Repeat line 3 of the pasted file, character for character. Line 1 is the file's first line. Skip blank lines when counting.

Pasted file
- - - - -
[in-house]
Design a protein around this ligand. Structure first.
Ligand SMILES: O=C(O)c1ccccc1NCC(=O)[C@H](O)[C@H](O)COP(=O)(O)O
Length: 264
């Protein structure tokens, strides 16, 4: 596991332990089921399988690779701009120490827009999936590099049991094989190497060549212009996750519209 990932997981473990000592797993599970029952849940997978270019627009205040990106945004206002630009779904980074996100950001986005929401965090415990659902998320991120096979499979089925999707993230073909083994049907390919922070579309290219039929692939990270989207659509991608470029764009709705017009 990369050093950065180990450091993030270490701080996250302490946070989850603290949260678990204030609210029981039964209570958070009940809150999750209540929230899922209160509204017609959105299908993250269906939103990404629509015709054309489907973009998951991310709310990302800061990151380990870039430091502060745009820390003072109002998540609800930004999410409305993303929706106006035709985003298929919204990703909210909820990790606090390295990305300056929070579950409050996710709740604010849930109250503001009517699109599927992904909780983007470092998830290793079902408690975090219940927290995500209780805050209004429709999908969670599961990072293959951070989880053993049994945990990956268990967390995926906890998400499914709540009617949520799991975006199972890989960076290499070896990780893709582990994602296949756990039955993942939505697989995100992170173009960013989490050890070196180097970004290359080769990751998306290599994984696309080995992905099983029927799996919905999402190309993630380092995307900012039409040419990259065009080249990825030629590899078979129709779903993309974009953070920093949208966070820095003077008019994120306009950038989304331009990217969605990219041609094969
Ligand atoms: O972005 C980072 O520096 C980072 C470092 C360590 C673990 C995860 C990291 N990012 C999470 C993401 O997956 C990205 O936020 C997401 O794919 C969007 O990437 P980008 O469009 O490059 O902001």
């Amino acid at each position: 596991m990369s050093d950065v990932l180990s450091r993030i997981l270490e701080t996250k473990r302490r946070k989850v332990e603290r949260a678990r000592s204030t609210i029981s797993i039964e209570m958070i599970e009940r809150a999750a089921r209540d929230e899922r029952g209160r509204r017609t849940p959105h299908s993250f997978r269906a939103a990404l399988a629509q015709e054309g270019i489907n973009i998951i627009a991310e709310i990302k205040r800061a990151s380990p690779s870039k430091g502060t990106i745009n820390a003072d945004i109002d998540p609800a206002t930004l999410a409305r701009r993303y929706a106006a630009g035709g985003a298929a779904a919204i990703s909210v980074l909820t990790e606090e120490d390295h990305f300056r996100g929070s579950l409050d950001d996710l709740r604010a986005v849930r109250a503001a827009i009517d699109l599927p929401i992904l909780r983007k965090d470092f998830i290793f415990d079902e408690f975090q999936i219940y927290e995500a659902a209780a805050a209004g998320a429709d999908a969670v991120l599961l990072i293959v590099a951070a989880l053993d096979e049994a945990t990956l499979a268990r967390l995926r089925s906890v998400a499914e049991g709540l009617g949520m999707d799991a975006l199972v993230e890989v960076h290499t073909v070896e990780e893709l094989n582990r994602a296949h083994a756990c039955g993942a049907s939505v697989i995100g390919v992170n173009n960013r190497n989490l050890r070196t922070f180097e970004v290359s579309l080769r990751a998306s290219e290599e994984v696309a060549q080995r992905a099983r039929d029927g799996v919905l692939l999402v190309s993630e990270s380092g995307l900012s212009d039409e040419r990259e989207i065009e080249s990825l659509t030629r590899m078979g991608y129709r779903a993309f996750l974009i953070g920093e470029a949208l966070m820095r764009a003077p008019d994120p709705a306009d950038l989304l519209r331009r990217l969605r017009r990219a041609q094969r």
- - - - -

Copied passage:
Ligand SMILES: O=C(O)c1ccccc1NCC(=O)[C@H](O)[C@H](O)COP(=O)(O)O